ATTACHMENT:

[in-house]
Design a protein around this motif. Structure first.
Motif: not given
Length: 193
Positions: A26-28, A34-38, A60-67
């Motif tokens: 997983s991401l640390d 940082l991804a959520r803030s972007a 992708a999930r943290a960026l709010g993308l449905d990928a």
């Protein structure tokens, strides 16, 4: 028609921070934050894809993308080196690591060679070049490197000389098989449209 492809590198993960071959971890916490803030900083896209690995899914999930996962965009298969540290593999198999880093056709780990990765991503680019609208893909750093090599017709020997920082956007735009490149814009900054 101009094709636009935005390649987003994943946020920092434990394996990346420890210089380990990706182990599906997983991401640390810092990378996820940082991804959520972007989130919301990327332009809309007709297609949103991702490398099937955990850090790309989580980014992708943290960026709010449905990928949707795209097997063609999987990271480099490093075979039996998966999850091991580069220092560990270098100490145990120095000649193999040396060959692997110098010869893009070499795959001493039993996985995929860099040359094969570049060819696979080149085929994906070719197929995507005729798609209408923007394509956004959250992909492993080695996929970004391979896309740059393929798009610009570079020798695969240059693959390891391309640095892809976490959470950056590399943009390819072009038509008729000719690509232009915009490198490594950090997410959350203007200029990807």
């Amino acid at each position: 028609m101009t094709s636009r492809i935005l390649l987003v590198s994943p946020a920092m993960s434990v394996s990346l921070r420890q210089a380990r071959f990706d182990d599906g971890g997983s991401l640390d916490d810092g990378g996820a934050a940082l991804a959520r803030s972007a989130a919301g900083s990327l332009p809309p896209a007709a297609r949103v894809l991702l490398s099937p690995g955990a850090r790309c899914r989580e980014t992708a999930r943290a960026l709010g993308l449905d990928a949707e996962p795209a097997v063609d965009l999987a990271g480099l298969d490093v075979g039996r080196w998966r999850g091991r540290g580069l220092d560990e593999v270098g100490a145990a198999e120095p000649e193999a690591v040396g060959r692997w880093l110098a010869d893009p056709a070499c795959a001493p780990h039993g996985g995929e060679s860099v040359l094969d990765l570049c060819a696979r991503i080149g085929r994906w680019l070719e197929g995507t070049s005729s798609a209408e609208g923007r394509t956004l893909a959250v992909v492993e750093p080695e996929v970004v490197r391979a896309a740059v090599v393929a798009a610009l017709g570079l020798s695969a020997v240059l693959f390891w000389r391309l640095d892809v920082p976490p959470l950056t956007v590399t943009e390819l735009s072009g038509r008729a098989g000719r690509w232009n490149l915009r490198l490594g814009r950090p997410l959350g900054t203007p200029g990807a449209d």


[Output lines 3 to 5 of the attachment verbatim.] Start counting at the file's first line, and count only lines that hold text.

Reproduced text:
Motif: not given
Length: 193
Positions: A26-28, A34-38, A60-67